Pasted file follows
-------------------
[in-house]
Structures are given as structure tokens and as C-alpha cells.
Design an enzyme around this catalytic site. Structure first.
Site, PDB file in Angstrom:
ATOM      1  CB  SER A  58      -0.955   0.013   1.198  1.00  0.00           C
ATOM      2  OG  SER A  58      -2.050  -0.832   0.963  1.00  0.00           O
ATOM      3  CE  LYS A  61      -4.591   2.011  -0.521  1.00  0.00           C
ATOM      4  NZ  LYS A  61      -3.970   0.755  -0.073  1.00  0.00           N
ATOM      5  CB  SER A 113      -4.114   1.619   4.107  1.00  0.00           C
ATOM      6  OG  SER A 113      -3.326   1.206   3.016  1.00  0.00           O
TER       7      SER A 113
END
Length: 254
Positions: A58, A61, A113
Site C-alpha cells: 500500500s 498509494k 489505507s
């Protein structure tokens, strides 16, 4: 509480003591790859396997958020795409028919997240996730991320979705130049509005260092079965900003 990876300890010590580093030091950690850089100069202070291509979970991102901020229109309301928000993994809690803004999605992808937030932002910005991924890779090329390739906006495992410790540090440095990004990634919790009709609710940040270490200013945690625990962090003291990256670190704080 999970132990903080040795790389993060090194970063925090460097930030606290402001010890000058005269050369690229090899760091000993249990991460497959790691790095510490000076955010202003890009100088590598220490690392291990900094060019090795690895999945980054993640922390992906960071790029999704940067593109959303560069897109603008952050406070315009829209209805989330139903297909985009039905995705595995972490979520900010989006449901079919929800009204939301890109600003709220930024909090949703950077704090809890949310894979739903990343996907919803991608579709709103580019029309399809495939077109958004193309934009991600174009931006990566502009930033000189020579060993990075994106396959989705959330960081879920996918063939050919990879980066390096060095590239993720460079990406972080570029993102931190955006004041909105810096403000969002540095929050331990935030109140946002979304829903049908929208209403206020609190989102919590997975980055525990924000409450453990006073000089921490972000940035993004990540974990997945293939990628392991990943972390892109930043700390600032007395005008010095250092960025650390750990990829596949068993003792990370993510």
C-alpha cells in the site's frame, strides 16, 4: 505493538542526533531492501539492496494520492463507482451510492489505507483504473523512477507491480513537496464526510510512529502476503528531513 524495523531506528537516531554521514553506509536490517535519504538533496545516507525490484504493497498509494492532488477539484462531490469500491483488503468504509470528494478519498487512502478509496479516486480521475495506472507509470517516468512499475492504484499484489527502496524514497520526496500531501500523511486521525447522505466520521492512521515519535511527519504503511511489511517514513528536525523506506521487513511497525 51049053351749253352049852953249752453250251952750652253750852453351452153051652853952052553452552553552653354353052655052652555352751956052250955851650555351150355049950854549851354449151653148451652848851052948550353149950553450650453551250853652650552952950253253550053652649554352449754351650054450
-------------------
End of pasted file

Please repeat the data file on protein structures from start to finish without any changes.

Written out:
[in-house]
Structures are given as structure tokens and as C-alpha cells.
Design an enzyme around this catalytic site. Structure first.
Site, PDB file in Angstrom:
ATOM      1  CB  SER A  58      -0.955   0.013   1.198  1.00  0.00           C
ATOM      2  OG  SER A  58      -2.050  -0.832   0.963  1.00  0.00           O
ATOM      3  CE  LYS A  61      -4.591   2.011  -0.521  1.00  0.00           C
ATOM      4  NZ  LYS A  61      -3.970   0.755  -0.073  1.00  0.00           N
ATOM      5  CB  SER A 113      -4.114   1.619   4.107  1.00  0.00           C
ATOM      6  OG  SER A 113      -3.326   1.206   3.016  1.00  0.00           O
TER       7      SER A 113
END
Length: 254
Positions: A58, A61, A113
Site C-alpha cells: 500500500s 498509494k 489505507s
């Protein structure tokens, strides 16, 4: 509480003591790859396997958020795409028919997240996730991320979705130049509005260092079965900003 990876300890010590580093030091950690850089100069202070291509979970991102901020229109309301928000993994809690803004999605992808937030932002910005991924890779090329390739906006495992410790540090440095990004990634919790009709609710940040270490200013945690625990962090003291990256670190704080 999970132990903080040795790389993060090194970063925090460097930030606290402001010890000058005269050369690229090899760091000993249990991460497959790691790095510490000076955010202003890009100088590598220490690392291990900094060019090795690895999945980054993640922390992906960071790029999704940067593109959303560069897109603008952050406070315009829209209805989330139903297909985009039905995705595995972490979520900010989006449901079919929800009204939301890109600003709220930024909090949703950077704090809890949310894979739903990343996907919803991608579709709103580019029309399809495939077109958004193309934009991600174009931006990566502009930033000189020579060993990075994106396959989705959330960081879920996918063939050919990879980066390096060095590239993720460079990406972080570029993102931190955006004041909105810096403000969002540095929050331990935030109140946002979304829903049908929208209403206020609190989102919590997975980055525990924000409450453990006073000089921490972000940035993004990540974990997945293939990628392991990943972390892109930043700390600032007395005008010095250092960025650390750990990829596949068993003792990370993510």
C-alpha cells in the site's frame, strides 16, 4: 505493538542526533531492501539492496494520492463507482451510492489505507483504473523512477507491480513537496464526510510512529502476503528531513 524495523531506528537516531554521514553506509536490517535519504538533496545516507525490484504493497498509494492532488477539484462531490469500491483488503468504509470528494478519498487512502478509496479516486480521475495506472507509470517516468512499475492504484499484489527502496524514497520526496500531501500523511486521525447522505466520521492512521515519535511527519504503511511489511517514513528536525523506506521487513511497525 51049053351749253352049852953249752453250251952750652253750852453351452153051652853952052553452552553552653354353052655052652555352751956052250955851650555351150355049950854549851354449151653148451652848851052948550353149950553450650453551250853652650552952950253253550053652649554352449754351650054450